Wednesday, 21 August 2013

Defining Success - Raising the bar for DCI Morton's return in Cleaver Square


Determining how successful a book has been is decidedly difficult. We can look at total sales, sales per day on sales, revenue total, revenue by word count, etc etc.

The most apparent option for most authors is to go by Amazon sales rank.

A statistic like '#15,304' in paid store is objective, and current. It's a decaying average stat (so today's sales are worth more than yesterdays, last week's barely influence it, and the further back you go the less those sales matter).

What that means is that today, it's selling less than 15,303 books but more than all the others. To put in perspective there are:

·         2.2 million eBooks

·         8 million hardback books

·         22 million paperbacks

That's alot of competition. Worse than 15,000 sounds pretty mediocre. Better than 2 million+ is much more palatable. Of course, it varies day to day. Sometimes the swings are pretty extreme.

The lowest Dead on Demand has ever been on Amazon UK is #132,110 (on September 2nd 2012). The highest it's been is #1 Free (September 5th, 6th, 7th and 8th 2012) & #168 paid (on September 11th 2012).

That means, at the worst it's ever been, there are over 2 million books selling less. That's top 5%, so not bad by any standard.

At its best, it beat 2,187,344 out of 2,187,512 or  99.992320042130054600843332516576% of all eBooks. That's a pretty impressive percentile, if I may be so arrogant as to say so. That's based on paid of course. Free, it beat 100% of the competition :)

I think, for two total novices with no experience writing anything, that we can be happy with those stats.

For our next book, we'd love to do even better. There are thousands of potential readers out there who've read Dead on Demand, and may go on to try Cleaver Square. This one has taken much longer. Dead on Demand was done and dusted in 48 days total. Cleaver Square has taken closer to a year - and we're not done yet. We've got a great deal of experience under our belts from marketing Dead on Demand, and a better budget to do it with.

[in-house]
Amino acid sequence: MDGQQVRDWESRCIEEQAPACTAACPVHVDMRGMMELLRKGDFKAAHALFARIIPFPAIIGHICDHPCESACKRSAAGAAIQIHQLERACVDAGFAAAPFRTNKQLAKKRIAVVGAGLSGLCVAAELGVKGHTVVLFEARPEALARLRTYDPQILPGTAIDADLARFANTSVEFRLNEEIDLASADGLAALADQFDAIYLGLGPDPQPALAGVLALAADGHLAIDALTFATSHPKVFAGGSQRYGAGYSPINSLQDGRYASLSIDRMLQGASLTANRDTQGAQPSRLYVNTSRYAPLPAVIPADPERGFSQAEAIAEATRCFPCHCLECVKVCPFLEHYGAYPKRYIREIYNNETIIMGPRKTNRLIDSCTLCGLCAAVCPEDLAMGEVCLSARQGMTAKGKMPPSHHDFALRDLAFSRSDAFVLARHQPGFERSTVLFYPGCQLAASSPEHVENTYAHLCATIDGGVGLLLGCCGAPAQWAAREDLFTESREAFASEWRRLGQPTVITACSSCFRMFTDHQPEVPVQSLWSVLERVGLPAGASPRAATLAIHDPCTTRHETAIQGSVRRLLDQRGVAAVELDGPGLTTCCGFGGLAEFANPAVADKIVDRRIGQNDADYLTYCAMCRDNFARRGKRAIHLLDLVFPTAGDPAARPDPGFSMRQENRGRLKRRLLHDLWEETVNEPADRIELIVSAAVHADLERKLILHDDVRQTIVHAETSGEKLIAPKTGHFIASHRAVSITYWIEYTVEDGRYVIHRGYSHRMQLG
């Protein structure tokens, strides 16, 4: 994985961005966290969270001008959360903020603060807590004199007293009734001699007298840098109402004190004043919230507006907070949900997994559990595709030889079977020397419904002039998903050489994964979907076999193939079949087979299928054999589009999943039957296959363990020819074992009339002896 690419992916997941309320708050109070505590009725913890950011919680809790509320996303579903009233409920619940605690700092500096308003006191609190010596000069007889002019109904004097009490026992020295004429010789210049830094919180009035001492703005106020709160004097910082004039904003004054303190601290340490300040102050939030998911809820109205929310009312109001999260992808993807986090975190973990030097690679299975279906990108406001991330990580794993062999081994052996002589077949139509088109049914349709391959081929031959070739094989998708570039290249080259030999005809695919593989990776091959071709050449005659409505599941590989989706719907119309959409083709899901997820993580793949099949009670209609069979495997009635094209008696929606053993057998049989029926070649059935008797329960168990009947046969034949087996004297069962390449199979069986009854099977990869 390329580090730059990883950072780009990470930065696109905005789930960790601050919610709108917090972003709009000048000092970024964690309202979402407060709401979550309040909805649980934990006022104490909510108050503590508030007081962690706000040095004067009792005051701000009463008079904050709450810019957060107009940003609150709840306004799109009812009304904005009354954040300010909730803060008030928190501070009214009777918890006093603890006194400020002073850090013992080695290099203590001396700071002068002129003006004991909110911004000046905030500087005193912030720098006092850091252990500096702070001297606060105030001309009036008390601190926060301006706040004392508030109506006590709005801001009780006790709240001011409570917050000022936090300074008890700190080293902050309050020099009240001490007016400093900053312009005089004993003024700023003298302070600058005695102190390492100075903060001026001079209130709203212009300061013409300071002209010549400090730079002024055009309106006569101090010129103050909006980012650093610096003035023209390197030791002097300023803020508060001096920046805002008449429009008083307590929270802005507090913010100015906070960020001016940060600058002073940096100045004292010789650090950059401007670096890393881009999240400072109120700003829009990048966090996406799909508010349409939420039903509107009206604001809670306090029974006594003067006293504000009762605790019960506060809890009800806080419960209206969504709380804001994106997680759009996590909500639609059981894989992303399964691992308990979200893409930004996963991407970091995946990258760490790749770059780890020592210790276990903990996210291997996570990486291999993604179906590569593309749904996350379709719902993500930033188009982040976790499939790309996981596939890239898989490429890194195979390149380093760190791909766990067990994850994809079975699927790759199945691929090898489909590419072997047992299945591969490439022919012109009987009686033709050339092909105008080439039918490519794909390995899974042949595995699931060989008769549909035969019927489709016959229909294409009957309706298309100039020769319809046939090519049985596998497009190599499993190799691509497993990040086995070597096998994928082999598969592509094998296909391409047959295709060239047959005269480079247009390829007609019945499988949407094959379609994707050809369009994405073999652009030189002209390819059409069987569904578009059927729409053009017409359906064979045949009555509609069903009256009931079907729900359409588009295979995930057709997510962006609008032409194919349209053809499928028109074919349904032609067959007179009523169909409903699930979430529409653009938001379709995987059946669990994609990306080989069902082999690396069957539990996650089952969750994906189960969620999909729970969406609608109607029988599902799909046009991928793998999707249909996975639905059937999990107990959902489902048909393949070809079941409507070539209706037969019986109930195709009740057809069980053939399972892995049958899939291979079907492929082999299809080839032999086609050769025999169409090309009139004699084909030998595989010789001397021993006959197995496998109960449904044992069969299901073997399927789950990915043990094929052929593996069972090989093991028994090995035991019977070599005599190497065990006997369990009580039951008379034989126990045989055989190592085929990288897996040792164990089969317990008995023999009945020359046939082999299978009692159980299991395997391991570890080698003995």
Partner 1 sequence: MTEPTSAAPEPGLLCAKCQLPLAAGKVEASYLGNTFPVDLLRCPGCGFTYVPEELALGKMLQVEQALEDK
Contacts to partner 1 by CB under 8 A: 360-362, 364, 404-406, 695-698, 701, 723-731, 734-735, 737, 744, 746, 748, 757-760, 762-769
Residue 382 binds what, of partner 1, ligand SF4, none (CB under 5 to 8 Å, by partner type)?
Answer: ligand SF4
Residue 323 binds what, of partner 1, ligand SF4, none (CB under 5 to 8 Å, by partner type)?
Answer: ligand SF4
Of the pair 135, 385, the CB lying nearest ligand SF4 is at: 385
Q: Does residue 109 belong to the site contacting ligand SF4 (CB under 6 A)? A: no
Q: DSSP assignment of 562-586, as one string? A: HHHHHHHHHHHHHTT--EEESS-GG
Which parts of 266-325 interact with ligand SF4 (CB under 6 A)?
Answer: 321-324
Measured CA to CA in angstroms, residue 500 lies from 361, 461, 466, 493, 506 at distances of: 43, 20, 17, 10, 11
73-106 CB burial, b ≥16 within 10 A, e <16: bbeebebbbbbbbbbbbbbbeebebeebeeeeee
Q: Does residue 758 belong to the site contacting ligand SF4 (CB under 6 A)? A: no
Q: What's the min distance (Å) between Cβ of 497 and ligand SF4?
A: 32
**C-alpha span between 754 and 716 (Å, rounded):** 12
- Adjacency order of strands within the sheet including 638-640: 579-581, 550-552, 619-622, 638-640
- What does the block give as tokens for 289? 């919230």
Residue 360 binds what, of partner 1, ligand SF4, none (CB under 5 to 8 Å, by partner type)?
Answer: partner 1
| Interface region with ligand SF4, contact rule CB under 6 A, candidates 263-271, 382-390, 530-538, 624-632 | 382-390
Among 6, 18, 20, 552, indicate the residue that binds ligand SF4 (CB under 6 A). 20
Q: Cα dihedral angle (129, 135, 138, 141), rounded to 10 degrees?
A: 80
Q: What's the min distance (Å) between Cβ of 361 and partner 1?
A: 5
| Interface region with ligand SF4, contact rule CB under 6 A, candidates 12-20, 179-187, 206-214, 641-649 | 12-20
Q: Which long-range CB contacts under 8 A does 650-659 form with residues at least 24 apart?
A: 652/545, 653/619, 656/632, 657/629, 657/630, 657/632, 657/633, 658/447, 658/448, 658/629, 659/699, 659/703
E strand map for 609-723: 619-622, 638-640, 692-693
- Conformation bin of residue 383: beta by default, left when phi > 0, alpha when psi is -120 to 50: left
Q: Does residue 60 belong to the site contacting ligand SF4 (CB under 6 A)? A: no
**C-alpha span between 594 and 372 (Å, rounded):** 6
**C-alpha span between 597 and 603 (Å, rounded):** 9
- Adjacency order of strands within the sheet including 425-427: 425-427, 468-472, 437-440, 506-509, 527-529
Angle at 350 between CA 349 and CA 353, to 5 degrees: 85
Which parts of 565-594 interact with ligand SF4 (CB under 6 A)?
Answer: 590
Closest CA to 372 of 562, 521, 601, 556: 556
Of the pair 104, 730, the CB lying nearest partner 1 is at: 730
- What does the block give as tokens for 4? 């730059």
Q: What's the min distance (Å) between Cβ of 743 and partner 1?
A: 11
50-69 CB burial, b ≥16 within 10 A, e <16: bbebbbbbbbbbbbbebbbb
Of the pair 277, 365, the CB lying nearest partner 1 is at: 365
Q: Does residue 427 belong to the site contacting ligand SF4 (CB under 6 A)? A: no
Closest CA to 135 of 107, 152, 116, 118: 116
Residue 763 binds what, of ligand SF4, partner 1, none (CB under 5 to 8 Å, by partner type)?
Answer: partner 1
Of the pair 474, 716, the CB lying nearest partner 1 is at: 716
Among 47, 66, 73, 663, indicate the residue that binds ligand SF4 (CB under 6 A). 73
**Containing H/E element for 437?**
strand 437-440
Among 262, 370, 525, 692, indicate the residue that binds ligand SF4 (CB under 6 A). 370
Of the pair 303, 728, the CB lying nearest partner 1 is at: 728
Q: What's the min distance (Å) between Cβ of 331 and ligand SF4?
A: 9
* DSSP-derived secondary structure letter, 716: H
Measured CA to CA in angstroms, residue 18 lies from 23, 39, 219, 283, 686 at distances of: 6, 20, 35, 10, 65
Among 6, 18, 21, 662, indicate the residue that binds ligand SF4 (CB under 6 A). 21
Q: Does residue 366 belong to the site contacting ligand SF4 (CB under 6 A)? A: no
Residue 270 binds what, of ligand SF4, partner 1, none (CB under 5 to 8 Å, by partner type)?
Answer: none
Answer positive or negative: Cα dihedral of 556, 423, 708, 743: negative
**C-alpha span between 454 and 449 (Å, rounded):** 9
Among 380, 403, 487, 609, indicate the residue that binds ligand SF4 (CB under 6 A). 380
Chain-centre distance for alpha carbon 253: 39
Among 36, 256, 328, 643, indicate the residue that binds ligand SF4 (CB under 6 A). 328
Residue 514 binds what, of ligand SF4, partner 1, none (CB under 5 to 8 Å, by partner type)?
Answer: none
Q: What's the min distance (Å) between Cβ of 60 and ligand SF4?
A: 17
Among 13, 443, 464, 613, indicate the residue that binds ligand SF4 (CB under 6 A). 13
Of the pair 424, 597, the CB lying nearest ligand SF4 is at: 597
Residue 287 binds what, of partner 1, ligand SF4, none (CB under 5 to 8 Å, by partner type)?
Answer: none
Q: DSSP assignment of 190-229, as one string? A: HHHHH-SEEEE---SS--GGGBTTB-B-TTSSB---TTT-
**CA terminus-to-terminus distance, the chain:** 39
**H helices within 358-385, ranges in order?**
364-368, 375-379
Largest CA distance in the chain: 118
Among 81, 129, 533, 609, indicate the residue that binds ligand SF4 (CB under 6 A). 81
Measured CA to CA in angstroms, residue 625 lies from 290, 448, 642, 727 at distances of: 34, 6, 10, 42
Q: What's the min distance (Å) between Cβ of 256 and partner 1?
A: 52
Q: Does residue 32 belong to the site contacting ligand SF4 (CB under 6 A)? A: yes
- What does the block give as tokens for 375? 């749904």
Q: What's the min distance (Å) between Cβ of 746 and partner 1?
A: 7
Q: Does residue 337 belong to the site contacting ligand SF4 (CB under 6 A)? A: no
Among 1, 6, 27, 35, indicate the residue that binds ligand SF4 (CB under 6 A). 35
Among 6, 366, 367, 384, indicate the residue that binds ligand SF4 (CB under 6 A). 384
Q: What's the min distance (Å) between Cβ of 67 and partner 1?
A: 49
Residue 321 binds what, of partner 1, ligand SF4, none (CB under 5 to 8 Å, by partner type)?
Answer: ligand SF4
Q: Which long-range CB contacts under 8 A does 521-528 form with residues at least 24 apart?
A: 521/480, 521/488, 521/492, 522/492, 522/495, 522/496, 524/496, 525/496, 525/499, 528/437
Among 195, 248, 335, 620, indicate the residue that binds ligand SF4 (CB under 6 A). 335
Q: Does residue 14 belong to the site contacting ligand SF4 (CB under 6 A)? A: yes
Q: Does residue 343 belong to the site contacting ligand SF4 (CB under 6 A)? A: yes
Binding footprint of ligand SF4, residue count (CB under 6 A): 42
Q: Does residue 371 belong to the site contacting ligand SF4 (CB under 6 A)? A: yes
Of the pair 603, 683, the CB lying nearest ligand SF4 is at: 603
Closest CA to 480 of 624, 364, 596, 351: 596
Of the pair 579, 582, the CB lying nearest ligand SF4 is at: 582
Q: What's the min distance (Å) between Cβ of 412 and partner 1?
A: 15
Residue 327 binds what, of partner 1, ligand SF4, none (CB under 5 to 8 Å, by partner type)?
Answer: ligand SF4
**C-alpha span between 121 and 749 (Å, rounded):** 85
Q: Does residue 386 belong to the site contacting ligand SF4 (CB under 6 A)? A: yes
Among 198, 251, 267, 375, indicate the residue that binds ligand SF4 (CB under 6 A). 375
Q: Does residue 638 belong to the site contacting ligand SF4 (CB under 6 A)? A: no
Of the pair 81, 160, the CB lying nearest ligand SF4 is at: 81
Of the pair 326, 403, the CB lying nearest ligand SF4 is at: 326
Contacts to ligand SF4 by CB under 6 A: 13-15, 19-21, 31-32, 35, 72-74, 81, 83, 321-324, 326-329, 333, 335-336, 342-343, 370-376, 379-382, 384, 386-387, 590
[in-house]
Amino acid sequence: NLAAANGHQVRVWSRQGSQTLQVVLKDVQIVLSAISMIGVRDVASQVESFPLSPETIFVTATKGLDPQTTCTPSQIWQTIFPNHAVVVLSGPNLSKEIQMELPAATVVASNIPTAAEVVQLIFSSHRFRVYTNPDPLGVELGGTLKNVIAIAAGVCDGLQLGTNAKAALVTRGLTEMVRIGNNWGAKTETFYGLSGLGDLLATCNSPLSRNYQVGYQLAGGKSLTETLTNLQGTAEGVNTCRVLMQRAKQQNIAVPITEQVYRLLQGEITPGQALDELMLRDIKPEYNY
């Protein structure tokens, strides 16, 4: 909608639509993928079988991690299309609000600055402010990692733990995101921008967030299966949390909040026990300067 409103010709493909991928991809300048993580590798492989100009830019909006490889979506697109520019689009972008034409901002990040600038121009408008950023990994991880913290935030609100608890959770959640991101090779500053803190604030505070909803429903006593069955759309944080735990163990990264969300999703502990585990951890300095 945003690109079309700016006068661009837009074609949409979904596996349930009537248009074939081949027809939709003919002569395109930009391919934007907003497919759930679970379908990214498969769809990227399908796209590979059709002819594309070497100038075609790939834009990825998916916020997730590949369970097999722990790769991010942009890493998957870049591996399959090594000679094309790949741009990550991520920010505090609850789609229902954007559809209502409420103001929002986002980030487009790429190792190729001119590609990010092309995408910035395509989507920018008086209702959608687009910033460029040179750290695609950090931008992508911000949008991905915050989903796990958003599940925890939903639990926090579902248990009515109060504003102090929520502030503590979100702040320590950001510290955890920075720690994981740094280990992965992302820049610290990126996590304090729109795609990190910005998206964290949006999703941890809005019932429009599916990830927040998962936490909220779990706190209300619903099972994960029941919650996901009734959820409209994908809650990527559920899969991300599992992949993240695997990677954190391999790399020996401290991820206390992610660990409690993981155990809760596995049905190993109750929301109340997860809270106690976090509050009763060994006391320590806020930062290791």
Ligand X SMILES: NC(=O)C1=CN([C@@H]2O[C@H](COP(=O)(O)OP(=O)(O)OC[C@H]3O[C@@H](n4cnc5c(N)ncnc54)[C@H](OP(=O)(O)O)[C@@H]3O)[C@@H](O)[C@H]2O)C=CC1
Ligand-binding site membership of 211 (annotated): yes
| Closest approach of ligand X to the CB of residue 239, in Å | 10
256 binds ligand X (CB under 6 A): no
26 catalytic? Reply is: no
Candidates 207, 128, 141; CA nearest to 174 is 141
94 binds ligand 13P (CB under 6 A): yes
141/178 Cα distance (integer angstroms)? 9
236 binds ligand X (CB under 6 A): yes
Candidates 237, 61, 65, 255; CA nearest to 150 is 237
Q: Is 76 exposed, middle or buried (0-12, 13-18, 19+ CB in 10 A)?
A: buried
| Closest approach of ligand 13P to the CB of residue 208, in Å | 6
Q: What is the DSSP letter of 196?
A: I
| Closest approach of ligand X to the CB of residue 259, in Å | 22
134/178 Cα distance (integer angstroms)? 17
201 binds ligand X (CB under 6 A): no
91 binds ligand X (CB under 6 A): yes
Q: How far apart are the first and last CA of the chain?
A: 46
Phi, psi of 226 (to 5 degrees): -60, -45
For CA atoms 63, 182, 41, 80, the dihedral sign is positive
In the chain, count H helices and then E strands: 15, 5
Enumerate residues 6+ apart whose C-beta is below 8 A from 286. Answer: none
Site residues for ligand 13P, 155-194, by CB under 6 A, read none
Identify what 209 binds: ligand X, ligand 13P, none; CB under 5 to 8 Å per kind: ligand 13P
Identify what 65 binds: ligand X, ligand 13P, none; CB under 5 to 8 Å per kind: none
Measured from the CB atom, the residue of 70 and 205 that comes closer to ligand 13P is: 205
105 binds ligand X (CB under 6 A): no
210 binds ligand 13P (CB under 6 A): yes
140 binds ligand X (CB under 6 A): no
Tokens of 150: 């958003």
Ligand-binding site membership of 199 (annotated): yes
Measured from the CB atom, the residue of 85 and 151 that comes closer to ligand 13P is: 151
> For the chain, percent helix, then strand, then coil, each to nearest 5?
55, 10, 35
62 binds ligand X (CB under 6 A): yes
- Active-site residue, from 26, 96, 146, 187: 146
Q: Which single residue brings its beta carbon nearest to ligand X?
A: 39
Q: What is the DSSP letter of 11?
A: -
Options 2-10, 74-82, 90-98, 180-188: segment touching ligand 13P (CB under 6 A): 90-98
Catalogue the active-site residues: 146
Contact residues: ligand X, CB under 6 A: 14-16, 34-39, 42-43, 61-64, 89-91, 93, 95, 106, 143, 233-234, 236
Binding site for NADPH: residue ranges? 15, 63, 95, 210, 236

So, success has got to be 'Outsell yourself'. That's a big ask for a sequel. Typically, sequels sell less than the original. We've been very careful to keep Cleaver Square out of the trap of requiring readers to be Dead on Demand fans. It's got the same central detective, but it's 100% standalone. Reading one won't spoil anything for the other. We'll mention the connection of course, but it won't be a core part of the marketing strategy in the way a series with a big story arc is.

Do you reckon we can do it? #167 or better in the UK? Not easy, but we've got to give it a go. I'd love to break the top 100, and we're taking every precaution this time to make sure there are no errors to kill the momentum (as long term blog readers will know, we got pulled on a Kindle Quality Notice while climbing in the ranks). If we can avoid the dreaded KQN (probably brought on by the overexposure of 55,000 downloads in one week) then I'm confident we can deliver a solid story that will earn out our investment.

How you can help: Volunteer to host us for a cover reveal. We've got the art sorted, and we'd love to show it off on your blog. We're aiming to do a concurrent reveal on multiple blogs in a few weeks time - and your help would be very much appreciated :)

Thanks,

Dan

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